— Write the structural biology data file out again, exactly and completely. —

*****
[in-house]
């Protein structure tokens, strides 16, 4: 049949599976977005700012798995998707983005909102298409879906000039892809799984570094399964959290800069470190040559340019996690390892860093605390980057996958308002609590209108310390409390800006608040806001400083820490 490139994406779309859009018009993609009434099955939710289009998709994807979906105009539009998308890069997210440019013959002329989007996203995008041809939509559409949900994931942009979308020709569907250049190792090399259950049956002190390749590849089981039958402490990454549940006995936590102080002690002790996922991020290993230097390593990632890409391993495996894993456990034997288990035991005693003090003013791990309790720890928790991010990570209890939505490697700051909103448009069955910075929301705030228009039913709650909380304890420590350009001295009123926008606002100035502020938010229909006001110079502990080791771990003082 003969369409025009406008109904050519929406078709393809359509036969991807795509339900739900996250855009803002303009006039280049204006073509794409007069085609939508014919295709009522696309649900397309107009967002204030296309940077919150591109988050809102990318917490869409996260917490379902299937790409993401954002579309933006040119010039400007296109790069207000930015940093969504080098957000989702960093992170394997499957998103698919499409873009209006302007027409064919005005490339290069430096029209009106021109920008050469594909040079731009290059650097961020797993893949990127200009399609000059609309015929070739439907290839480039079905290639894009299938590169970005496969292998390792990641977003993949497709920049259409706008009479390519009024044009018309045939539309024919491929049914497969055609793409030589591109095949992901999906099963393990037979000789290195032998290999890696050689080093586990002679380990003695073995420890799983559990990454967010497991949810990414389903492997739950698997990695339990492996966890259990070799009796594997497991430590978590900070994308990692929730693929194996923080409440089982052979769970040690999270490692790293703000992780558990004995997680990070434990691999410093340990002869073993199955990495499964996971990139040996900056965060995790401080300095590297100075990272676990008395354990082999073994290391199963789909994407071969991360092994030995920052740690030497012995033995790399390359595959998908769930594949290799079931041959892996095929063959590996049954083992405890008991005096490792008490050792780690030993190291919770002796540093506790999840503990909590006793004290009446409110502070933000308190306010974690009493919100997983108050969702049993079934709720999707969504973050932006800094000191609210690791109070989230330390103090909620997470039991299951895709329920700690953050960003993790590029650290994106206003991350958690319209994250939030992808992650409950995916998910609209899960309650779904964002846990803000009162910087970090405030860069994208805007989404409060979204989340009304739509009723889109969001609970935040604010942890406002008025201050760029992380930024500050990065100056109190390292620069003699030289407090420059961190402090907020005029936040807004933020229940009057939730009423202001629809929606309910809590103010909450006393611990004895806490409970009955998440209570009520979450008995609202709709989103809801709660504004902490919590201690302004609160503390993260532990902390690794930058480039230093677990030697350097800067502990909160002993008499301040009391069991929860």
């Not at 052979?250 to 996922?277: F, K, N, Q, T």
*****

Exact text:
[in-house]
């Protein structure tokens, strides 16, 4: 049949599976977005700012798995998707983005909102298409879906000039892809799984570094399964959290800069470190040559340019996690390892860093605390980057996958308002609590209108310390409390800006608040806001400083820490 490139994406779309859009018009993609009434099955939710289009998709994807979906105009539009998308890069997210440019013959002329989007996203995008041809939509559409949900994931942009979308020709569907250049190792090399259950049956002190390749590849089981039958402490990454549940006995936590102080002690002790996922991020290993230097390593990632890409391993495996894993456990034997288990035991005693003090003013791990309790720890928790991010990570209890939505490697700051909103448009069955910075929301705030228009039913709650909380304890420590350009001295009123926008606002100035502020938010229909006001110079502990080791771990003082 003969369409025009406008109904050519929406078709393809359509036969991807795509339900739900996250855009803002303009006039280049204006073509794409007069085609939508014919295709009522696309649900397309107009967002204030296309940077919150591109988050809102990318917490869409996260917490379902299937790409993401954002579309933006040119010039400007296109790069207000930015940093969504080098957000989702960093992170394997499957998103698919499409873009209006302007027409064919005005490339290069430096029209009106021109920008050469594909040079731009290059650097961020797993893949990127200009399609000059609309015929070739439907290839480039079905290639894009299938590169970005496969292998390792990641977003993949497709920049259409706008009479390519009024044009018309045939539309024919491929049914497969055609793409030589591109095949992901999906099963393990037979000789290195032998290999890696050689080093586990002679380990003695073995420890799983559990990454967010497991949810990414389903492997739950698997990695339990492996966890259990070799009796594997497991430590978590900070994308990692929730693929194996923080409440089982052979769970040690999270490692790293703000992780558990004995997680990070434990691999410093340990002869073993199955990495499964996971990139040996900056965060995790401080300095590297100075990272676990008395354990082999073994290391199963789909994407071969991360092994030995920052740690030497012995033995790399390359595959998908769930594949290799079931041959892996095929063959590996049954083992405890008991005096490792008490050792780690030993190291919770002796540093506790999840503990909590006793004290009446409110502070933000308190306010974690009493919100997983108050969702049993079934709720999707969504973050932006800094000191609210690791109070989230330390103090909620997470039991299951895709329920700690953050960003993790590029650290994106206003991350958690319209994250939030992808992650409950995916998910609209899960309650779904964002846990803000009162910087970090405030860069994208805007989404409060979204989340009304739509009723889109969001609970935040604010942890406002008025201050760029992380930024500050990065100056109190390292620069003699030289407090420059961190402090907020005029936040807004933020229940009057939730009423202001629809929606309910809590103010909450006393611990004895806490409970009955998440209570009520979450008995609202709709989103809801709660504004902490919590201690302004609160503390993260532990902390690794930058480039230093677990030697350097800067502990909160002993008499301040009391069991929860």
């Not at 052979?250 to 996922?277: F, K, N, Q, T």